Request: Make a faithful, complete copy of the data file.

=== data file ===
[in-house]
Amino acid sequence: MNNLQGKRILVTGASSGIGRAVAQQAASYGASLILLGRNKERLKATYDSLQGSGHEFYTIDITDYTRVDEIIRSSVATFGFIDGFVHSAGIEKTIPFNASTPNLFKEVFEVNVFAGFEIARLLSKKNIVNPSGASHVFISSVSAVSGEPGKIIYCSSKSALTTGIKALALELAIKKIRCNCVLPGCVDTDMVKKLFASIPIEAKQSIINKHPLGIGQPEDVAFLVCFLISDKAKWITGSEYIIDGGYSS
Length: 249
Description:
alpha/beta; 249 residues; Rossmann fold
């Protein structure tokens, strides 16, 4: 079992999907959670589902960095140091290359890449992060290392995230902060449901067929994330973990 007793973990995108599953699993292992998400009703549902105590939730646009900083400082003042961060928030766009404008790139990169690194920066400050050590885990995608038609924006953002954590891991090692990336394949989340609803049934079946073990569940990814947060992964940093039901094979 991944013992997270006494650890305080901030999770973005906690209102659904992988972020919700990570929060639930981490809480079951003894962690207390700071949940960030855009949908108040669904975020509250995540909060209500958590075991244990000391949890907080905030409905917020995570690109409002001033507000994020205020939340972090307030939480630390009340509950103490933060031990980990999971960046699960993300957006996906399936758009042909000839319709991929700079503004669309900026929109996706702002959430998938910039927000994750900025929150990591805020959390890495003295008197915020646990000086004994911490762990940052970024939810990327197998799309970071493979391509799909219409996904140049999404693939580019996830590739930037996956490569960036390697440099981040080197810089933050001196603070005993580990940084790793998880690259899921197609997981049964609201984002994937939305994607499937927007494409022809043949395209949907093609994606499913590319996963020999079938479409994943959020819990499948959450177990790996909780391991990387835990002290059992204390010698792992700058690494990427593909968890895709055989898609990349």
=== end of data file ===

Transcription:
[in-house]
Amino acid sequence: MNNLQGKRILVTGASSGIGRAVAQQAASYGASLILLGRNKERLKATYDSLQGSGHEFYTIDITDYTRVDEIIRSSVATFGFIDGFVHSAGIEKTIPFNASTPNLFKEVFEVNVFAGFEIARLLSKKNIVNPSGASHVFISSVSAVSGEPGKIIYCSSKSALTTGIKALALELAIKKIRCNCVLPGCVDTDMVKKLFASIPIEAKQSIINKHPLGIGQPEDVAFLVCFLISDKAKWITGSEYIIDGGYSS
Length: 249
Description:
alpha/beta; 249 residues; Rossmann fold
């Protein structure tokens, strides 16, 4: 079992999907959670589902960095140091290359890449992060290392995230902060449901067929994330973990 007793973990995108599953699993292992998400009703549902105590939730646009900083400082003042961060928030766009404008790139990169690194920066400050050590885990995608038609924006953002954590891991090692990336394949989340609803049934079946073990569940990814947060992964940093039901094979 991944013992997270006494650890305080901030999770973005906690209102659904992988972020919700990570929060639930981490809480079951003894962690207390700071949940960030855009949908108040669904975020509250995540909060209500958590075991244990000391949890907080905030409905917020995570690109409002001033507000994020205020939340972090307030939480630390009340509950103490933060031990980990999971960046699960993300957006996906399936758009042909000839319709991929700079503004669309900026929109996706702002959430998938910039927000994750900025929150990591805020959390890495003295008197915020646990000086004994911490762990940052970024939810990327197998799309970071493979391509799909219409996904140049999404693939580019996830590739930037996956490569960036390697440099981040080197810089933050001196603070005993580990940084790793998880690259899921197609997981049964609201984002994937939305994607499937927007494409022809043949395209949907093609994606499913590319996963020999079938479409994943959020819990499948959450177990790996909780391991990387835990002290059992204390010698792992700058690494990427593909968890895709055989898609990349």